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Traveling solo to Ghana, Morocco, France and Spain a wonderful adventure

By Essah T. Cole

I am still reflecting on the life-changing trip I recently experienced as a solo traveler. I spent three magical weeks in Ghana, four days in Morocco, four days in France, and two days in Spain. I could fill a book up writing about this trip, but I will leave you with some of the highlights of my time abroad.

When I first landed in Ghana, I cried because I never imagined traveling to Africa at the age of 24. My time in Ghana was divided between staying with my cousins, my classmates, and making new friends. Every person I met welcomed me. Many thought I was Ghanaian because of the tooth gap in my smile that they call “dimples” and the way I ate fufu and groundnut soup with my hands, as if I was raised right in the village.

With the school children visiting the Dr. Kwame Nkrumah museum
With the school children visiting the Dr. Kwame Nkrumah museum

In Ghana, I traveled to Cape Coast and Elmina to visit the old slave castles, which allowed me to realize the intense sufferings that my ancestors faced as they entered “the door of no return” for a voyage to a new world where they were enslaved. I felt empowered, though, knowing that I am a descendant of survivors.

The view out of the door of no return in Elmina.
The view out of the door of no return in Elmina.

Beyond the “door of no return,” I visited the Volta River where the Akosombo Dam provides electricity to the country. I toured the old king’s palace in Kumasi and learned about the warriors of the Ashanti people. I visited Jamestown and the memorial of Dr. Kwame Nkrumah, who was Ghana’s first president; and the W.E.B. Dubois memorial center (Dubois mentored Nkrumah).

After Ghana, I traveled to Marrakech in Morocco and I was hit by scorching heat and red dust during the month of Ramadan. Of course, I paid the fee of an overpriced taxi to travel to the Medina area, where it was busy with people. There were men and women dressed in their traditional gowns and hijabs, foreigners who wore modern day clothing looking at maps. There were motorbikes, taxi cabs, and brick buildings. The walk to my riad on the first day was quite difficult, but by the second day, I was able to easily find it.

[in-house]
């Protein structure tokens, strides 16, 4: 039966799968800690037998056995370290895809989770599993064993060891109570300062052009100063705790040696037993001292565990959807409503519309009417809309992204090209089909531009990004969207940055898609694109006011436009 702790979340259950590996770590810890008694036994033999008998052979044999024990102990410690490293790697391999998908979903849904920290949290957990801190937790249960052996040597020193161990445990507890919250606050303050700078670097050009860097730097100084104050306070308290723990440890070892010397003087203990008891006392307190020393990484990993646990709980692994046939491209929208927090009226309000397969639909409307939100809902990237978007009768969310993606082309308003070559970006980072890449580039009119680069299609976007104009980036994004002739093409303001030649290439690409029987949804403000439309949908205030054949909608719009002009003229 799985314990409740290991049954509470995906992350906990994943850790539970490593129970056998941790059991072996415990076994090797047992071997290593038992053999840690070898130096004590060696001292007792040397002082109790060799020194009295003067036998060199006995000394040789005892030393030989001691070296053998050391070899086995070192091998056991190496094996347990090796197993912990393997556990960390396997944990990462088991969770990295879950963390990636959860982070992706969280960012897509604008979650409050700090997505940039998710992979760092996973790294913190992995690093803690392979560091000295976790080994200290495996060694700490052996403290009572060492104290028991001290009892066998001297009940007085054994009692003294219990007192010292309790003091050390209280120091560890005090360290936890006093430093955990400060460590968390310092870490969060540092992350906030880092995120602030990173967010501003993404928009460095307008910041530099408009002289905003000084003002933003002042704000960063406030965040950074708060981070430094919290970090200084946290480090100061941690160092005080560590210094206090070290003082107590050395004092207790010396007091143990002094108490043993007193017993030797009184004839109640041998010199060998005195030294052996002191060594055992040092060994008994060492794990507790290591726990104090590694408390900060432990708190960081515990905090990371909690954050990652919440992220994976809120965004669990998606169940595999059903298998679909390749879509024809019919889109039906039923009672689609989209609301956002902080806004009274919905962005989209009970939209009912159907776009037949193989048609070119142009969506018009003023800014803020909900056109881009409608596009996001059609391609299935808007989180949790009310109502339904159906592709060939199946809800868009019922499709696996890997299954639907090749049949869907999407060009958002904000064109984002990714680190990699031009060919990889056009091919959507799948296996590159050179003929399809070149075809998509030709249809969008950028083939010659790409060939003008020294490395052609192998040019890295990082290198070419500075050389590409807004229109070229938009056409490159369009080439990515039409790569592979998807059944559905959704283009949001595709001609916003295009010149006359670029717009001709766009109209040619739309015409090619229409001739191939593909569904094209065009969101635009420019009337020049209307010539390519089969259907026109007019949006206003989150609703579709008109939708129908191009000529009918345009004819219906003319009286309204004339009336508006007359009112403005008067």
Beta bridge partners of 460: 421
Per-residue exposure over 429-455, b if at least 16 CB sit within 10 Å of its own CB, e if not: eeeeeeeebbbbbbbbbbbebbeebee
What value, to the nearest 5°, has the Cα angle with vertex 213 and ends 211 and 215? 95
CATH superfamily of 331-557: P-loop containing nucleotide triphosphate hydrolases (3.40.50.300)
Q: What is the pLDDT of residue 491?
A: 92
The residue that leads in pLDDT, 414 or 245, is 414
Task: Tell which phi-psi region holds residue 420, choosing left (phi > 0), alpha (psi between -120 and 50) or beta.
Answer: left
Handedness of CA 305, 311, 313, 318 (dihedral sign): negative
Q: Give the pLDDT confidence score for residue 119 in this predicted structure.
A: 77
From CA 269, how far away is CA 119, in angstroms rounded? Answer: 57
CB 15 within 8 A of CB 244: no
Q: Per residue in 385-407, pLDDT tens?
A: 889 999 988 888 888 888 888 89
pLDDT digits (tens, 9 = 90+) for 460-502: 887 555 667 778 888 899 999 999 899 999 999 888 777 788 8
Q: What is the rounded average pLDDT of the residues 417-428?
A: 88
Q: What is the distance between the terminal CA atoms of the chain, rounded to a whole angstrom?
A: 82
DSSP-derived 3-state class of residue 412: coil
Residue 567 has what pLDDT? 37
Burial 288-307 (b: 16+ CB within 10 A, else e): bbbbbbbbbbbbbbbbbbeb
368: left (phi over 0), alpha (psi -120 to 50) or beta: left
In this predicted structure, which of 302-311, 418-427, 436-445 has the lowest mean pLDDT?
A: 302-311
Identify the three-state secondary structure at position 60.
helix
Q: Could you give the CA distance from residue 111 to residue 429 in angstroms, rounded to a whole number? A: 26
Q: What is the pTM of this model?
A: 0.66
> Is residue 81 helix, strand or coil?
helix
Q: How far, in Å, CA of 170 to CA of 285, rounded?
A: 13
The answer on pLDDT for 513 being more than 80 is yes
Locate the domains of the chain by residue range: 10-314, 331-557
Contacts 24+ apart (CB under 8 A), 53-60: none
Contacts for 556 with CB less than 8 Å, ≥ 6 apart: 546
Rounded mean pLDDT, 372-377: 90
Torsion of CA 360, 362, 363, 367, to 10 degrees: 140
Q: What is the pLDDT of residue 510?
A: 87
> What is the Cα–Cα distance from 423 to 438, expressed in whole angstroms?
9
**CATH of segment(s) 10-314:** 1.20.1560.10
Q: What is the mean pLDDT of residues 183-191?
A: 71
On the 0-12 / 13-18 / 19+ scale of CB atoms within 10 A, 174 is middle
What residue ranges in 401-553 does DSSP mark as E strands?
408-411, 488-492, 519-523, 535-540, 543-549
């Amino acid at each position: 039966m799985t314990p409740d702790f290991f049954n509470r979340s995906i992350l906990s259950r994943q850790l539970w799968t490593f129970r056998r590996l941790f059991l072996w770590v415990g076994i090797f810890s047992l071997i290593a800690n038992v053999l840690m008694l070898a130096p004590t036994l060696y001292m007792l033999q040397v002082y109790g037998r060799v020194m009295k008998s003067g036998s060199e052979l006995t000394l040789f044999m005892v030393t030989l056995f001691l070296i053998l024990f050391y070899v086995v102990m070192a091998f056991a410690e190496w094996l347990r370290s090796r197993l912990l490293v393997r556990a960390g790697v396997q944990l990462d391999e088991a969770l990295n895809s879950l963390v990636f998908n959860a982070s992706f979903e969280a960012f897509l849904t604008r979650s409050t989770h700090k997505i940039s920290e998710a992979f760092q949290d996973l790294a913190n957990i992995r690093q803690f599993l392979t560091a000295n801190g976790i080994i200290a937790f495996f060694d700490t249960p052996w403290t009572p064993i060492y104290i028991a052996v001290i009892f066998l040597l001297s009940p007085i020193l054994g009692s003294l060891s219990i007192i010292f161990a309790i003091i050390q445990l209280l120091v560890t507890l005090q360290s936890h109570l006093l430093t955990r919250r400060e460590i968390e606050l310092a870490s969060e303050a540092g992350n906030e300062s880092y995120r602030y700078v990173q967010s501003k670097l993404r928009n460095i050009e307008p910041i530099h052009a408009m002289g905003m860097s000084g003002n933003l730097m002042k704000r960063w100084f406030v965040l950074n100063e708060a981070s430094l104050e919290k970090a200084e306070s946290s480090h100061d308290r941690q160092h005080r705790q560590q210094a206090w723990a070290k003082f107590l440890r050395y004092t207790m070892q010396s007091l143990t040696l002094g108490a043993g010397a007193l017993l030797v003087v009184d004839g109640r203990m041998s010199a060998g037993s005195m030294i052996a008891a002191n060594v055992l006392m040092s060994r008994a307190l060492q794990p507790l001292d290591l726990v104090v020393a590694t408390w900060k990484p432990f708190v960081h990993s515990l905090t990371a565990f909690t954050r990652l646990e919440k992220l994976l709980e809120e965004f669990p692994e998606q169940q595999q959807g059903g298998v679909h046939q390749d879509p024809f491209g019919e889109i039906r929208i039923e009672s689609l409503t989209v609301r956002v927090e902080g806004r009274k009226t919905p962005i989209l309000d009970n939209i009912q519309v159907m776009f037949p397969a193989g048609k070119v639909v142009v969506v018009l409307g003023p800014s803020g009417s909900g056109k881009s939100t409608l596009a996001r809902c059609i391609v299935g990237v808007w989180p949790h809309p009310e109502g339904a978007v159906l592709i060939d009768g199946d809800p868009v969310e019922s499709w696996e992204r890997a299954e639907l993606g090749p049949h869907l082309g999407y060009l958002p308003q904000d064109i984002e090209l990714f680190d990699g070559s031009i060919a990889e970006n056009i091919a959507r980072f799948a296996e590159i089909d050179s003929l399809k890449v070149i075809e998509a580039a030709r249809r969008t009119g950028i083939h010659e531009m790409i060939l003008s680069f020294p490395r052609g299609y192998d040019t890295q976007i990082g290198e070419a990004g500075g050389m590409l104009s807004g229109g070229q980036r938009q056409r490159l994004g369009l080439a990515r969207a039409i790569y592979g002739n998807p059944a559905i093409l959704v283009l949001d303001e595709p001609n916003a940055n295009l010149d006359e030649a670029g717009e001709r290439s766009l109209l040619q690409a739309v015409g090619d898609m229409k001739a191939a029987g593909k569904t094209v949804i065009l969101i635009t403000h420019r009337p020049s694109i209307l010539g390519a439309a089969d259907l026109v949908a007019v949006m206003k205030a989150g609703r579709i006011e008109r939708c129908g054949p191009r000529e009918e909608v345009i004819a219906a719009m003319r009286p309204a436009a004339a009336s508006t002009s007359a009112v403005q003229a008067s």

Rowing across the Ouzud Waterfall in Morocco
Rowing across the Ouzud Waterfall in Morocco

I toured Essaouira, a beautiful city on the coast. There, I saw fishermen selling seafood that I’d never seen before. I quickly made friends with a family and toured the city with them to sightsee and shop. We stopped at a restaurant and enjoyed the most delicious fish and shrimp for lunch and couldn’t have been more satisfied. We also visited the Ouzud waterfall, where the view was amazing, and we enjoyed an hour hike where we snapped pictures of monkeys and fed them.

By the time I arrived in France, I felt more comfortable being alone and figuring out things to do on my own. I arrived in Beauvais, which is an hour and half train ride from Paris. The homes were so beautiful in their gothic styles, and it was so peaceful that I decided to stay an extra night at my Airbnb instead of getting a room in Paris. When I visited Paris, I used maps to get around, hopping on trains and roaming the city. The best thing about traveling alone is that you can do what you want, when you want. You have plenty of daylight time to do things since the sun doesn’t go down until around 10 p.m. After Paris, I went to south France to Nice, and it was paradise filled with seaside shops, bars and restaurants.

The Big wheel in Paris
The Big wheel in Paris

In Spain, I stayed with Colombians, whom I met in Morocco. They took me to Madrid where we went to supermarkets, ate tapas and drank beer. We laughed so hard as if we had known each other for years. I feel blessed to have experienced all these wonderful countries and people I met along the way. I’m blessed to say knowing English, Spanish, and French gave me the opportunity to hear great stories, and to share my own.

Essah T. Cole is a former intern for the Davis Bozeman Law Firm in Decatur. She is a graduate student studying English Literature at the University of Puerto Rico.








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